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Create list of current functioning and reliable search instrumentation
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Description

As a search researcher/analyst, I want to know what search signals are currently available and reliable, so I can know what research questions can be answered with them, and what may need to be fixed/built.

Specifically, it'd be good to know what we can already capture or not from the list in https://docs.google.com/document/d/1MMsnbMZSABo32oSFS0tYA1hia6Zc16l7o_n_cGFCLwQ/edit#heading=h.7j7t7j1bnz5t

AC:

  • list of functioning and reliable search instrumentation for Ricardo (and others) to know what we can currently measure in the search experience

Event Timeline

In terms of functioning and reliable, I would dare say not much if anything. The following exist but the backend debug logging is the only one i would expect to be accurate.

Unprocessed Event Logs:

  • frontend desktop web data collection in hadoop at event.searchsatisfaction. Retention of ~90 days. Schema.
    • The UI has changed multiple times since we last looked at this data. Unclear how accurate it is.
  • Backend debug logging of all communication between the backend and the search engine in hadoop at event.mediawiki_cirrussearch_request. Retention of ~90 days. Schema.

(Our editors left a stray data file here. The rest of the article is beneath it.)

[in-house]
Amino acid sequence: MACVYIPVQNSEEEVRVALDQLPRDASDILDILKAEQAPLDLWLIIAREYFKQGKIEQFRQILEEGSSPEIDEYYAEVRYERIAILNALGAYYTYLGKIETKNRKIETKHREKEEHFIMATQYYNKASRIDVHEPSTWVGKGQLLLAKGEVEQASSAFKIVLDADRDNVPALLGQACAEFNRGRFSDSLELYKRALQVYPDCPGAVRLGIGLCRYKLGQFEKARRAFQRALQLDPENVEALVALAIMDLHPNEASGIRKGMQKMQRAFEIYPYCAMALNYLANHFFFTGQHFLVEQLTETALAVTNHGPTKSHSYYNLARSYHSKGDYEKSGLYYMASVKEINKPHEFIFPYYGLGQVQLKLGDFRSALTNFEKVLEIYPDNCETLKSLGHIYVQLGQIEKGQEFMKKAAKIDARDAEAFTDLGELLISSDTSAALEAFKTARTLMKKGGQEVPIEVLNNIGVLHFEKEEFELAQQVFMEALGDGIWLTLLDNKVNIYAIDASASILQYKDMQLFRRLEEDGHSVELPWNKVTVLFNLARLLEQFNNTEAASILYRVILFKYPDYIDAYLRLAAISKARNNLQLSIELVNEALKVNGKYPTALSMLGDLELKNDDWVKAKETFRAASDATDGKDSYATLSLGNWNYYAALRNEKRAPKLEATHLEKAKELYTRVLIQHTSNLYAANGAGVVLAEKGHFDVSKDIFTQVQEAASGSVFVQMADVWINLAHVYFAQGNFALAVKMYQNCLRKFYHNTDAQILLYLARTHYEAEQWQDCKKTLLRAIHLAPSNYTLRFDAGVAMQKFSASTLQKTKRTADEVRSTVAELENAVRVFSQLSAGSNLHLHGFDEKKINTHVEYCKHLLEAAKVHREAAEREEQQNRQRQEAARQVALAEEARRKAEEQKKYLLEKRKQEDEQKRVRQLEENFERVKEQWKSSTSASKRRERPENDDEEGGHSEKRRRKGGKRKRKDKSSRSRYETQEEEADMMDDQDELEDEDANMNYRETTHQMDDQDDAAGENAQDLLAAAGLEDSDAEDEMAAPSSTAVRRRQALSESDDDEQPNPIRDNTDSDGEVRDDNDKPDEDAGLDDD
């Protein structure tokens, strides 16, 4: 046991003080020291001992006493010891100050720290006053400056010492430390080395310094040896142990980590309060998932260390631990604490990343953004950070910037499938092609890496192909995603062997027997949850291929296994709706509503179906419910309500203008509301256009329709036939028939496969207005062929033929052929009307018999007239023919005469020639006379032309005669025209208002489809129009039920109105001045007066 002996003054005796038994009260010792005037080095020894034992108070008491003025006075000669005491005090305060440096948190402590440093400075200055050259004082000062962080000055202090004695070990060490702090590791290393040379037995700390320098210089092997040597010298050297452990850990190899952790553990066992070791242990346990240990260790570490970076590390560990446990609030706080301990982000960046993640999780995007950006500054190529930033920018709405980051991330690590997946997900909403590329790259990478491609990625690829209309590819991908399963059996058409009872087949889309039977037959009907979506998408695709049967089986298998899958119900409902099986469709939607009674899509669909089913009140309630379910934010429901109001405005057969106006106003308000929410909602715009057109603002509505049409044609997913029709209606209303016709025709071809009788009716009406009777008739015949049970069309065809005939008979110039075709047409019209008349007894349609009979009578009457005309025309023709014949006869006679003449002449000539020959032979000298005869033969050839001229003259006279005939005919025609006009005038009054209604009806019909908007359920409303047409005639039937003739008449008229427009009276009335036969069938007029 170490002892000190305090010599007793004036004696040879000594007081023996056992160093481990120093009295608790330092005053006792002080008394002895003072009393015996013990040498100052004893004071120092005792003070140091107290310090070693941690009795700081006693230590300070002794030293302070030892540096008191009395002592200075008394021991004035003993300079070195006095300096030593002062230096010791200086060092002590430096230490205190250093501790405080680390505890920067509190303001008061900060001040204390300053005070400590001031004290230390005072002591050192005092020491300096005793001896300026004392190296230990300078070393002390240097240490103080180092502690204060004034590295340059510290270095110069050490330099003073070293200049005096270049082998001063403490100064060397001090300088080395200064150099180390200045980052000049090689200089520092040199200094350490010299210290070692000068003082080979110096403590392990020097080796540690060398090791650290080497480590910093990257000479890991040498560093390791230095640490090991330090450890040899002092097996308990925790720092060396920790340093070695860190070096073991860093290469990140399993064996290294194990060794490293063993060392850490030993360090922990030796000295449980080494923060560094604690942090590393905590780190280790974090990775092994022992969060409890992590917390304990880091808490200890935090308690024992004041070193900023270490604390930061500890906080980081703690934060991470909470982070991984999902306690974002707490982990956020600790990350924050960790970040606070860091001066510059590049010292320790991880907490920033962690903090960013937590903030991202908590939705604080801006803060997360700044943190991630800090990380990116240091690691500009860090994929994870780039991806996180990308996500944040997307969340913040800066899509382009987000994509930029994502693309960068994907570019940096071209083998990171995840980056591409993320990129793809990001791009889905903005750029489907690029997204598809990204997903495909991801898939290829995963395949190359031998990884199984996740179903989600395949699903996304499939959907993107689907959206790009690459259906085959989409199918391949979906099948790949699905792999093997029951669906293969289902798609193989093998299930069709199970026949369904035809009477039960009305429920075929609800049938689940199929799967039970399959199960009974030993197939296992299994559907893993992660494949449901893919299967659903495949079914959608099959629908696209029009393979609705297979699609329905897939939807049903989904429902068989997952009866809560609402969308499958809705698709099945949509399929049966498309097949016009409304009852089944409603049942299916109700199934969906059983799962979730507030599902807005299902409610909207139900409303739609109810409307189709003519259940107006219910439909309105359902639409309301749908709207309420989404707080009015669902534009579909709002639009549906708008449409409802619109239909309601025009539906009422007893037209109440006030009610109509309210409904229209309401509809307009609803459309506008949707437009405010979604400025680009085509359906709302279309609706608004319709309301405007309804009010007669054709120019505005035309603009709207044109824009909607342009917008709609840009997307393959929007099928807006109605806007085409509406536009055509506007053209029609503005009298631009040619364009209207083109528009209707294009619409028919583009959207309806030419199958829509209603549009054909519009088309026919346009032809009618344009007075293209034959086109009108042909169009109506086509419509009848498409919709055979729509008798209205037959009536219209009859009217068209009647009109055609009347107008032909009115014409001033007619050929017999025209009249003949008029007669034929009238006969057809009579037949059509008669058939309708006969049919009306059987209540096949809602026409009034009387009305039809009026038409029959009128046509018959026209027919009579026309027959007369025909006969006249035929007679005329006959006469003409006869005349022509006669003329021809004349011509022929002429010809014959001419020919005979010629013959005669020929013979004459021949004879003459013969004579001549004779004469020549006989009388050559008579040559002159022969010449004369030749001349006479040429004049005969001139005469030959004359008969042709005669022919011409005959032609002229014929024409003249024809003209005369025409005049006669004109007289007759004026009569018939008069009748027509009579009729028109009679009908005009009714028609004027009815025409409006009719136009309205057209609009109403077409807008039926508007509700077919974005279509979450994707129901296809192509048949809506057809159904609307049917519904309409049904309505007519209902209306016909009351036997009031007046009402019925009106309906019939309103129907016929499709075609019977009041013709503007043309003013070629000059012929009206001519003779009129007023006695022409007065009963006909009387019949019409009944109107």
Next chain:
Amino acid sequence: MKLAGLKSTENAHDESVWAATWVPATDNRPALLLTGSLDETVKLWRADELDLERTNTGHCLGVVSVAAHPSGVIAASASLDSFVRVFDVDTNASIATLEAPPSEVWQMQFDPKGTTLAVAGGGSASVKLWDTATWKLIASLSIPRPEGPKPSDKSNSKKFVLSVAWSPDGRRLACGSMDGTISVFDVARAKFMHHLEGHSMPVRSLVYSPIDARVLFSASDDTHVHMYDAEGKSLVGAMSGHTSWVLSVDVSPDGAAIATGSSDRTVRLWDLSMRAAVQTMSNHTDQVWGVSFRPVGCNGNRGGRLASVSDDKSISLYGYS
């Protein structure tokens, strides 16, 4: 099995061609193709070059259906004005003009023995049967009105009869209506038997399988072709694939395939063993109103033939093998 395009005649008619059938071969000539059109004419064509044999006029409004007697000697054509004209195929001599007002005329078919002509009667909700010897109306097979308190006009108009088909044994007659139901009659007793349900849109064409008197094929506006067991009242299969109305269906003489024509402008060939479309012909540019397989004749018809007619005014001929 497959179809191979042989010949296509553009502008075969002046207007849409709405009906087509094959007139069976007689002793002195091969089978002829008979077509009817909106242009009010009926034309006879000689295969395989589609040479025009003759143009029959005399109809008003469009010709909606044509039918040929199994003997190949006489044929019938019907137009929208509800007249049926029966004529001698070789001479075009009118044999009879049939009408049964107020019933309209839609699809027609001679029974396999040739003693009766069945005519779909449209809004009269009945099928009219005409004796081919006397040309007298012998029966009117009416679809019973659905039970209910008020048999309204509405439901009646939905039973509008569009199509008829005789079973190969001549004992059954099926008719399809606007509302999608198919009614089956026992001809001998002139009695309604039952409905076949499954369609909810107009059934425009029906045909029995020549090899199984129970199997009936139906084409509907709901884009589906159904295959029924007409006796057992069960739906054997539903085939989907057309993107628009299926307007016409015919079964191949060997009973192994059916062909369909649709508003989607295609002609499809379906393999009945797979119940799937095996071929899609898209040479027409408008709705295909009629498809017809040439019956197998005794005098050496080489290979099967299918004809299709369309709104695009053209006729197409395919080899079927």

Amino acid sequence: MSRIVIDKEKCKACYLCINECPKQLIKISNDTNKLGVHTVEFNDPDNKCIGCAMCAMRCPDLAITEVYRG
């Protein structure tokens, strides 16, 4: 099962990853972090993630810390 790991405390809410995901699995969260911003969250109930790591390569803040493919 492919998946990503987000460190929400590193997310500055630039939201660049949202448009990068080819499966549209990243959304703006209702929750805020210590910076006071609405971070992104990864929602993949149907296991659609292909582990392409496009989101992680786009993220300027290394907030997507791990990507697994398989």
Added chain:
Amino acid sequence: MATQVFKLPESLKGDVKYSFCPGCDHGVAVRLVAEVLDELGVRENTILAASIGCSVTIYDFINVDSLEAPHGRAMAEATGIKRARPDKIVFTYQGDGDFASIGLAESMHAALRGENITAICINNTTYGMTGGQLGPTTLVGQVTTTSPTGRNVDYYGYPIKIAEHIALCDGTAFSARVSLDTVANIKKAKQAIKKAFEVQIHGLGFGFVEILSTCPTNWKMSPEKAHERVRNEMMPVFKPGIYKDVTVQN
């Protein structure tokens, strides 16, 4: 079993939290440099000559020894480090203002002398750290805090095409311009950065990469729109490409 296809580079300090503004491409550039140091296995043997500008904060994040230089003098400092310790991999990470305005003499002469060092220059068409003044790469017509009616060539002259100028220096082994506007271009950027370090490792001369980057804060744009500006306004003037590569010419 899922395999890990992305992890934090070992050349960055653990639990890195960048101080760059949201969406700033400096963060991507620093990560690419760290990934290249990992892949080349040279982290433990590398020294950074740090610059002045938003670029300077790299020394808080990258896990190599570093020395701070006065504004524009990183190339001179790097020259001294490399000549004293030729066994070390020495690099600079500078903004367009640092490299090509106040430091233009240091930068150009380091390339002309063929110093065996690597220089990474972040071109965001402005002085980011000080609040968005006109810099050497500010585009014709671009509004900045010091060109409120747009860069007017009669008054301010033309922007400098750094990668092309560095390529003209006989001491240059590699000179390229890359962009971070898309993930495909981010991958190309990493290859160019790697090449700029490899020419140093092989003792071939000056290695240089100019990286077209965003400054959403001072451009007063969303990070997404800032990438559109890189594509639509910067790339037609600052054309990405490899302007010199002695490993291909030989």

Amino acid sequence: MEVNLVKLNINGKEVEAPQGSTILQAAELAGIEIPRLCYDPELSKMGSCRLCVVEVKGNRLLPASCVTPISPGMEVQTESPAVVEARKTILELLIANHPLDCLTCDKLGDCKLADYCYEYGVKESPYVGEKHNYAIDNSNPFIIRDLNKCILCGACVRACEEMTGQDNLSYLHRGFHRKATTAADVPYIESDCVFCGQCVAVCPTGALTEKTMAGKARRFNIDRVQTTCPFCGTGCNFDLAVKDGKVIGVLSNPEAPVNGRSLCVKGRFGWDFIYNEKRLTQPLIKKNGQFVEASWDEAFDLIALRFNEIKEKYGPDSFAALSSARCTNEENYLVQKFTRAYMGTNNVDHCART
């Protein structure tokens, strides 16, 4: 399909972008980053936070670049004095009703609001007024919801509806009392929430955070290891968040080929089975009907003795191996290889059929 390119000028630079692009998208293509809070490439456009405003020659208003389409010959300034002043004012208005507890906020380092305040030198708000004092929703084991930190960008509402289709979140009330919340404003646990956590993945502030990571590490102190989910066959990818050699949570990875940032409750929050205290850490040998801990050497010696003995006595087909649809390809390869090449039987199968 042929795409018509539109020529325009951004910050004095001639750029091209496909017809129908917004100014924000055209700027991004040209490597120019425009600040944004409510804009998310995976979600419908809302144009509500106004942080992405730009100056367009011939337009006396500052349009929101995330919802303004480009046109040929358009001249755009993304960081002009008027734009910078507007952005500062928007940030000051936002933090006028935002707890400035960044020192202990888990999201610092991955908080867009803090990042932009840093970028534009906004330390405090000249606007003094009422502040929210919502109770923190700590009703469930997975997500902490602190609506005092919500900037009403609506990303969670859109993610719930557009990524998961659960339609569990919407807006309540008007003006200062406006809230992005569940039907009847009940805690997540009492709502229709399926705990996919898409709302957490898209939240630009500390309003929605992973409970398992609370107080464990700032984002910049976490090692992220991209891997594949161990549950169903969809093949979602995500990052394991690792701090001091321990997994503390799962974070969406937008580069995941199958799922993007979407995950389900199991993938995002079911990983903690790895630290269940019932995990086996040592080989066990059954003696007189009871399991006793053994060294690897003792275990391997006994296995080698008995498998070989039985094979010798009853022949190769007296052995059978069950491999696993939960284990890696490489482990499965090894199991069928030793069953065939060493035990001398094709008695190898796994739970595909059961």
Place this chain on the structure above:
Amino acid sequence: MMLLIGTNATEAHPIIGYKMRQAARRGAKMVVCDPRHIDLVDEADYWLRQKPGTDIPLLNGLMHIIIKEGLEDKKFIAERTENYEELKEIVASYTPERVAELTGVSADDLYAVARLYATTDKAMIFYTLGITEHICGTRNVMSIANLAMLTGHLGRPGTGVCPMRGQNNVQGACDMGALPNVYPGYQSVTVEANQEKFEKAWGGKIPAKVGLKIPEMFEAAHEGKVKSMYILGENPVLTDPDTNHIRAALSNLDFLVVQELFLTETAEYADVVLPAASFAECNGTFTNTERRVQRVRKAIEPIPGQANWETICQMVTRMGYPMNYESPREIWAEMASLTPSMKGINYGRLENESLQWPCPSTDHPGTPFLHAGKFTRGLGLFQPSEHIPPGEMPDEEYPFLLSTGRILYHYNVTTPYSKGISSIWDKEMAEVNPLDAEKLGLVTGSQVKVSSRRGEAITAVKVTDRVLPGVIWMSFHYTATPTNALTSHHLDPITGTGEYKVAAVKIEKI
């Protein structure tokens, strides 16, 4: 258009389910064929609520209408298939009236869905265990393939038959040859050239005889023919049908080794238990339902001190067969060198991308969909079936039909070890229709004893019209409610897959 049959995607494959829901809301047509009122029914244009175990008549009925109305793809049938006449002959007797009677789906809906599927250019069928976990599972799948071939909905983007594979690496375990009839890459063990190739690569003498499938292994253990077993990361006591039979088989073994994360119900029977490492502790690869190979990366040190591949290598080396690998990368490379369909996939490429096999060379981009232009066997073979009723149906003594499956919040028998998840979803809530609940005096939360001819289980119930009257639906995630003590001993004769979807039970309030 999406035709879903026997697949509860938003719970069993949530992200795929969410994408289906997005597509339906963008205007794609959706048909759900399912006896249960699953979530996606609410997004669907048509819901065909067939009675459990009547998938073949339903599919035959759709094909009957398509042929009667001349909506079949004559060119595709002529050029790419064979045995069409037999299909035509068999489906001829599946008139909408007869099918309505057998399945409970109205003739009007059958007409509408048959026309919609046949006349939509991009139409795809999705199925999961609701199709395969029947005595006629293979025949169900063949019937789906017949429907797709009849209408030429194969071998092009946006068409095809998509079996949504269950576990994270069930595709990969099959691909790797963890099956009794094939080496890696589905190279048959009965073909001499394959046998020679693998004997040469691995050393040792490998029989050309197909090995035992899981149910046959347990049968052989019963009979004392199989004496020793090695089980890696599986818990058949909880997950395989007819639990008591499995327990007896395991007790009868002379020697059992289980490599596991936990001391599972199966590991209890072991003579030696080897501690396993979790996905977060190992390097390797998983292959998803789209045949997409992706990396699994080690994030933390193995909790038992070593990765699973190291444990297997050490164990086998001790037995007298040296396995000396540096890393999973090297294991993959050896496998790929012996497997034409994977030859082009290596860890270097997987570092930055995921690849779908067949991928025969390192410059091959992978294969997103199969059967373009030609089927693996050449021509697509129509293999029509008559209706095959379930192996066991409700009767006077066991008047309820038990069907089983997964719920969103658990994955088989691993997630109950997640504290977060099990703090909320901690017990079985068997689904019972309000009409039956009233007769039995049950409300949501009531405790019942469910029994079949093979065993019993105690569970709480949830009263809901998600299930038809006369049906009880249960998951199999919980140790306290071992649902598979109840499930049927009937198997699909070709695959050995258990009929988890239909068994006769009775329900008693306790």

• These are likely the most reliable source of information, but they are structured debug logs and require familiarity with the implementation to extract meaning.

Processed data:

  • Click logs for full text desktop web search. Found in hadoop at discovery.query_clicks_{hourly,daily}. Schema.
    • Generated by joining the backend debug logging against incoming web requests.
    • Hasn't been reviewed for correctness in several years, but still generates data that trains plausible ranking models.
    • Hourly data contains all searches, click through or no, but isn't sessionized.
    • Daily data is sessionized and filters sessions without any clickthroughs.
  • Mjolnir intermediate data. Full text desktop web only. None of this was intended for consumption, rather it's intermediate data used when building LTR models. Still it might have some useful information. Found in hadoop in the mjolnir database. Further refines the click logs with labels from clickmodeling, light clustering of similar queries, collection of prod feature vectors, etc.

@EBernhardson what about any other source we can get (any) reliable search data from at scale? For example, webrequest logs. I admit that the data in webrequest logs specifically won't be sufficient for the majority of the questions we are considerting, however, I expect it to be reliable, and we may need to pull reliable data from multiple sources and combine to get what we need (at least in the short term), so having the fuller list will be helpful.

cc: @cchen , in case you have some additional insight into what search instrumentation/metrics are currently available

+1 to event.mediawiki_cirrussearch_request being reliable

In addition to the Search Satisfaction instrumentation on desktop, both Wikipedia iOS (Schema) and Android apps (Schema) have their search instrumented. Unfortunately until T305228 is resolved that's our only view into how users search on mobile.

Search Satisfaction is a rich dataset – although its reliability is suspicious – and having explicit session identification there is useful for linking multiple searches (e.g. distinct queries but also query reformulations) together that the user performed in a single session.

Based on last week's check in meeting, I think Erik's comment is a sufficient answer and we can close this ticket